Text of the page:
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Thread: Cutting question

  1. #1

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    How do you cut your fabric? Do you lay the fabric out with the fold close to you? Or away from you? I've always done it with the fold away from me, but just now I wondered if there would be an advantage to doing it the other way. I know I can trust you to give me the right answer!

  2. #2
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    Try both ways and see which way works better for you.

    I try to make my first cut(s) parallel to the selvage - I figure that way I'll have at least two edges on grain -

    And because I tend to goof up, four layers is about my absolute maximum to cut at one time.

  3. #3
    Super Member Barb_MO's Avatar
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    First of all, I line up the selvages and press a new fold, then I cut my selvage off. If I am cutting lots of strips, I double up the fabric end to end so I have four layers.

    I have drawn a line on my cutting mat about 1/2in from one side. I lay the fold on that line, that way I can see the markings at the sides that I can line up my ruler. I cut from the folded side.

  4. #4
    Super Member Maride's Avatar
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    I fold salvage to salvage until there is a smooth line at the bottom, and put the botton close to me. I line my ruler with the fold and cut on the right of the ruler. I then turn my mat around and measure whaever width I need and always cut at the right of the ruler. At his point the fold is away from me, but now I only use the straight edge to align the ruler.

    Is this clear as mud?

    Maria

  5. #5
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    When I can, I like to leave the selvage that has the info on the fabric.

    I usually try to avoid using it in the project, though - unless it's laying nice and flat -

    I will sometimes snip the selvage edges to make them lay flat if they shrank when I washed the fabric.

  6. #6

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    I just wondered if there is an advantage to doing it one way vs. the other. Any opinions about that?

    Also, I have had trouble getting a bend when I cut my fabrics--near where the fold is. I tried finding information about that and was under the impression that ironing a new fold could cause the grain to be crooked, which causes the bend. Maybe I'm misunderstanding that. Can someone enlighten me?

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  8. #8
    Power Poster Ninnie's Avatar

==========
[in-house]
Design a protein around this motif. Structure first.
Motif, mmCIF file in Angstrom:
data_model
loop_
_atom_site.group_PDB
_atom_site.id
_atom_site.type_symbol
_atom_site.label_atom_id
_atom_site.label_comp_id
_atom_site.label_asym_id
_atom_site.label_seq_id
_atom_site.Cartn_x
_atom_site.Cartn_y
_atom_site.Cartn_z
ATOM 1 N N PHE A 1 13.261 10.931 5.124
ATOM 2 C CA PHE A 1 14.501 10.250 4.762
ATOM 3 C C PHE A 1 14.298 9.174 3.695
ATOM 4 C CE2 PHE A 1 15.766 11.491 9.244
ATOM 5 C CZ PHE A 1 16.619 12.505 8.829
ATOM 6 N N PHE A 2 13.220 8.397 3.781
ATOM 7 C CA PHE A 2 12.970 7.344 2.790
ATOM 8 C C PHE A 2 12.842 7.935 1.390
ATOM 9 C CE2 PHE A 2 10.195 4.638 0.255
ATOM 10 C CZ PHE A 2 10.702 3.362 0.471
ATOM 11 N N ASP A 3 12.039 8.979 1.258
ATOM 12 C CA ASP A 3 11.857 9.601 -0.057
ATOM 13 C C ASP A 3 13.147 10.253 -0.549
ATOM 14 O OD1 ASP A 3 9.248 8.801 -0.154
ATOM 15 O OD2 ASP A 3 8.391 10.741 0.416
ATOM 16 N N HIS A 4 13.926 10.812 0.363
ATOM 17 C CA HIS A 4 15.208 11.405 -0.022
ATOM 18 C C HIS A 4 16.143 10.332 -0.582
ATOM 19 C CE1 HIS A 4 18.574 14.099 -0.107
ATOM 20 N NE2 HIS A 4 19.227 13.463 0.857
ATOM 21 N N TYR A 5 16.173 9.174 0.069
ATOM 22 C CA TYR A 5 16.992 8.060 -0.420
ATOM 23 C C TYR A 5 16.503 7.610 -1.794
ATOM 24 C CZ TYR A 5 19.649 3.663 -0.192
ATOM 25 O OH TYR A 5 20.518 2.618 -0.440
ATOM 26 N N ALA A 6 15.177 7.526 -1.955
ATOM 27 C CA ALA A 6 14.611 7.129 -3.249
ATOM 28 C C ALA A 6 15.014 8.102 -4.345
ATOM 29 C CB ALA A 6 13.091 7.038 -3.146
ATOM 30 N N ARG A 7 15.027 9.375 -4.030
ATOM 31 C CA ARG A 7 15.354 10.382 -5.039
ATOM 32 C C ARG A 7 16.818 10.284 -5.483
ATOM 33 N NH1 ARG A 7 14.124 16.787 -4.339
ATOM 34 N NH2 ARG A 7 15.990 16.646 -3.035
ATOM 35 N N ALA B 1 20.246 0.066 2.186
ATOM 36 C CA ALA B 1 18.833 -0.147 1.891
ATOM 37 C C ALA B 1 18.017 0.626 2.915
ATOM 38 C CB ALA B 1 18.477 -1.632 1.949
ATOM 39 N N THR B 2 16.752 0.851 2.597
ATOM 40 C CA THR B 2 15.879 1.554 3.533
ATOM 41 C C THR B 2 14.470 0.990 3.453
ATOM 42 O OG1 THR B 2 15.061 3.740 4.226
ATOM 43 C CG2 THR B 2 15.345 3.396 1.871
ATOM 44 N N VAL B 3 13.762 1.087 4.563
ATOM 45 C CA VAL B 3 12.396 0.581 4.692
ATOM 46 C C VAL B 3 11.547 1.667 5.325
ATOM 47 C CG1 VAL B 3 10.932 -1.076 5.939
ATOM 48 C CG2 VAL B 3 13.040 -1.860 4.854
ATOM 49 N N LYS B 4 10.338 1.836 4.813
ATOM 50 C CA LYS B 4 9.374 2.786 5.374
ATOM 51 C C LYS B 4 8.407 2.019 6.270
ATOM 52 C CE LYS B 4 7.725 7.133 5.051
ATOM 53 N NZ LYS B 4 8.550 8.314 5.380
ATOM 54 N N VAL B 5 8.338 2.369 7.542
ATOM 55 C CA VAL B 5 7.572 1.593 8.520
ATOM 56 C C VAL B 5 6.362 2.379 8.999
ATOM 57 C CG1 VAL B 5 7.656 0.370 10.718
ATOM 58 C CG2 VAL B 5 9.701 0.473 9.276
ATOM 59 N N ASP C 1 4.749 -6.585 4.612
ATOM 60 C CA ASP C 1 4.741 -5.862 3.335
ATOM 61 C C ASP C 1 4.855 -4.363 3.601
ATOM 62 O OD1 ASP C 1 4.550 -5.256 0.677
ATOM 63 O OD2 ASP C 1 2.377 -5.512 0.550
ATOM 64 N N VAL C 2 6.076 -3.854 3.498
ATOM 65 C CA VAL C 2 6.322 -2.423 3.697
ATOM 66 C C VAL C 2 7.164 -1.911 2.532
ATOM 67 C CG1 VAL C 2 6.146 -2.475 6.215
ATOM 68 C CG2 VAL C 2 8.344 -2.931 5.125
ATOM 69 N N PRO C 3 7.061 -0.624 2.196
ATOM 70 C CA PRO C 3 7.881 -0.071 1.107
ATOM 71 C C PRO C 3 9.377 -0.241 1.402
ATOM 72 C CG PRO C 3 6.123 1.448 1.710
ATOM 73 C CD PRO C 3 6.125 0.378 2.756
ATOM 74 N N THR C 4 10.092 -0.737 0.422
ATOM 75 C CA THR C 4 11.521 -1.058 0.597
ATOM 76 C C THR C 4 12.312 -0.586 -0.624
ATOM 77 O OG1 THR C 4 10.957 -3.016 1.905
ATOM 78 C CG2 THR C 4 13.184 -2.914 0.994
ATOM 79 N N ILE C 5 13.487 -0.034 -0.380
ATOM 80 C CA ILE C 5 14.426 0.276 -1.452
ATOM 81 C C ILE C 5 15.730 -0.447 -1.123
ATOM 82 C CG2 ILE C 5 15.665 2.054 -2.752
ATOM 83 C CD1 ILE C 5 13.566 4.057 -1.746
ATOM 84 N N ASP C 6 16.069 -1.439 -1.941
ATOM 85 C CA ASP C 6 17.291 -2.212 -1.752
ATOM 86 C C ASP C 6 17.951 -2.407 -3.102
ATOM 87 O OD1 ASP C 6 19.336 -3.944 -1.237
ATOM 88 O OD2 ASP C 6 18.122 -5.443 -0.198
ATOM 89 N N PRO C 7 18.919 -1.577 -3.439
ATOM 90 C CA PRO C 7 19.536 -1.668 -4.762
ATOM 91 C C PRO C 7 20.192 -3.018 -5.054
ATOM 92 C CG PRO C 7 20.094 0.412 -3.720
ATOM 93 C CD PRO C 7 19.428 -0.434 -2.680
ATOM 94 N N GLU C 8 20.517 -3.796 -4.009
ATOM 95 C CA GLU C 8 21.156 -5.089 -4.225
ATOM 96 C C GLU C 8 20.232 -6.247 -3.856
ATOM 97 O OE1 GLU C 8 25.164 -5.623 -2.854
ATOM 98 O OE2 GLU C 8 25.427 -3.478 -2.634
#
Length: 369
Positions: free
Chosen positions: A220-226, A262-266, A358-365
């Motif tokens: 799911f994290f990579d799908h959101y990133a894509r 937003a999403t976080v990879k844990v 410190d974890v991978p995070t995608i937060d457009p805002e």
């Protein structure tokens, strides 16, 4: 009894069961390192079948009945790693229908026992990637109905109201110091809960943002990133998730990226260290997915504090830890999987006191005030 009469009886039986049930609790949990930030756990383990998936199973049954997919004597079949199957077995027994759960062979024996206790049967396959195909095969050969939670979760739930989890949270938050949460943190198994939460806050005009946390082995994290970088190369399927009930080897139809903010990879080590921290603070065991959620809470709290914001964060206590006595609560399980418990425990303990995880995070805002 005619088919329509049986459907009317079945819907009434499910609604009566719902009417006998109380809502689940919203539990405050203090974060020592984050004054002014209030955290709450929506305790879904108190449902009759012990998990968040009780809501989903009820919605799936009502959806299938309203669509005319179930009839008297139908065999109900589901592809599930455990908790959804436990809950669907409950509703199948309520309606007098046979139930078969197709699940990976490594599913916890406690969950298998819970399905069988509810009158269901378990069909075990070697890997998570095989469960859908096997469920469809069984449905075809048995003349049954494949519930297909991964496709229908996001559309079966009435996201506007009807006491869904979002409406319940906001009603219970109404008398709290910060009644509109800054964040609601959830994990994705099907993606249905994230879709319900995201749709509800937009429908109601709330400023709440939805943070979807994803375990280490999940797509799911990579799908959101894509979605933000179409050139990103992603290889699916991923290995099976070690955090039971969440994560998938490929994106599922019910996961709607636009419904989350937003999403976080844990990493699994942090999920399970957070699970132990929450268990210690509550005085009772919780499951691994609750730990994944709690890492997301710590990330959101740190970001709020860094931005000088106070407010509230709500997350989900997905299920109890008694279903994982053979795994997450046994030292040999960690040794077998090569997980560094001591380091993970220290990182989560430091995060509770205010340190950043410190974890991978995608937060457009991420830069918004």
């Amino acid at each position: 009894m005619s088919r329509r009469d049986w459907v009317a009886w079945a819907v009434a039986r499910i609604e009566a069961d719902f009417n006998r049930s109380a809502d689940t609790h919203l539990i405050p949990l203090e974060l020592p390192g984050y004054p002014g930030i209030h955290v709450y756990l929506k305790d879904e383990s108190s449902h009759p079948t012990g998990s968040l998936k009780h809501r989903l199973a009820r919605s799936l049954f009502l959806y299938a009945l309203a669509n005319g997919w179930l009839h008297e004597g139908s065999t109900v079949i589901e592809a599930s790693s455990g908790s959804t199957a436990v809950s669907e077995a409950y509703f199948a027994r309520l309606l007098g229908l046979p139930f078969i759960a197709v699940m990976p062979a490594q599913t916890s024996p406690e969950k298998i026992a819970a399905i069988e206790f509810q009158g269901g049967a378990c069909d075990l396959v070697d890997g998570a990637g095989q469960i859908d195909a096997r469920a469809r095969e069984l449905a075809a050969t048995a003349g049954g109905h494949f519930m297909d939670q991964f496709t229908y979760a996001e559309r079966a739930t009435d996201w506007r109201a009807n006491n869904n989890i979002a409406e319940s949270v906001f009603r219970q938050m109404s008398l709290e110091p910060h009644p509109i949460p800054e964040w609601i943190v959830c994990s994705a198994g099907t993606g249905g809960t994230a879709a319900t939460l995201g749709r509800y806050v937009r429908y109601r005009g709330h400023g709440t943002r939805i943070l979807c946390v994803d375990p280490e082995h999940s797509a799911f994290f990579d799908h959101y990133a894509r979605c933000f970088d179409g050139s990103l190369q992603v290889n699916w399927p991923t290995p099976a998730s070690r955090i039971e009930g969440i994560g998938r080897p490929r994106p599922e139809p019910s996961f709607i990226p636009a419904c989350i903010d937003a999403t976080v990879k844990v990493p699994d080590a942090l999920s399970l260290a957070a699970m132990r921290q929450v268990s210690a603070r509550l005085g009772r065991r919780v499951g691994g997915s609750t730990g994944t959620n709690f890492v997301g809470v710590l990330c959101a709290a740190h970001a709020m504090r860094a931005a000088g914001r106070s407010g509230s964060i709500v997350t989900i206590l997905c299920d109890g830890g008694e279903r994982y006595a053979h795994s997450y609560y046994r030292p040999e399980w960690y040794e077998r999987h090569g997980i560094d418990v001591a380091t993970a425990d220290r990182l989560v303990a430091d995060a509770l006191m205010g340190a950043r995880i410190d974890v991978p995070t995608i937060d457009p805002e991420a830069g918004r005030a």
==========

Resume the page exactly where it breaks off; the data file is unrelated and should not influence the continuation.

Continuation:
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    I fold and iron my material until it is flat, then lay the fold on a line and make sure it is straight.

  9. #9
    Power Poster amma's Avatar
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    Quote Originally Posted by bearisgray
    That is a great tute!!
    It took me a long time to avoid the bend in the folded area. I think having a big enough area to lay out the fabric while folding was what my problem was. It is still a struggle when using fabrics longer than 1 1/2 yards.

  10. #10

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    Thanks for the link to the tutorial. That was very helpful.

  11. #11
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    Glad it may have helped.

    I find pictures and drawings to be very helpful.

  12. #12
    Power Poster Prism99's Avatar
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    Quote Originally Posted by bstanbro
    How do you cut your fabric? Do you lay the fabric out with the fold close to you? Or away from you? I've always done it with the fold away from me, but just now I wondered if there would be an advantage to doing it the other way. I know I can trust you to give me the right answer!
    The ruler needs to be perfectly perpendicular to the fold in order to get straight strips. If the ruler is even a couple of degrees off from perpendicular to the fold (say, 92 degrees instead of 90 degrees), there will be a bend at the fold when you look at the entire strip. For this reason, you will likely get more accurate cuts if the fold is near you. This allows you to monitor closely the angle of the ruler in relation to the fold.

    I use a second ruler to keep my cutting ruler perpendicular to the fold. (A medium-sized square ruler works well for the second ruler.) I make sure a line on the secondary ruler is lined up with the fold, then butt my cutting ruler against the secondary ruler. This keeps my cutting ruler perpendicular to the fold. It would be much more difficult to do this with the fold away from you.

  13. #13
    Power Poster Prism99's Avatar
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    Quote Originally Posted by bstanbro
    Also, I have had trouble getting a bend when I cut my fabrics--near where the fold is. I tried finding information about that and was under the impression that ironing a new fold could cause the grain to be crooked, which causes the bend. Maybe I'm misunderstanding that. Can someone enlighten me?
    The bend has nothing to do with the grain of the fabric. The bend is caused by the ruler not being a true 90 degrees from the fold. You can cut folded fabric into bias strips and not have bends -- but only if the ruler is perpendicular to the fold.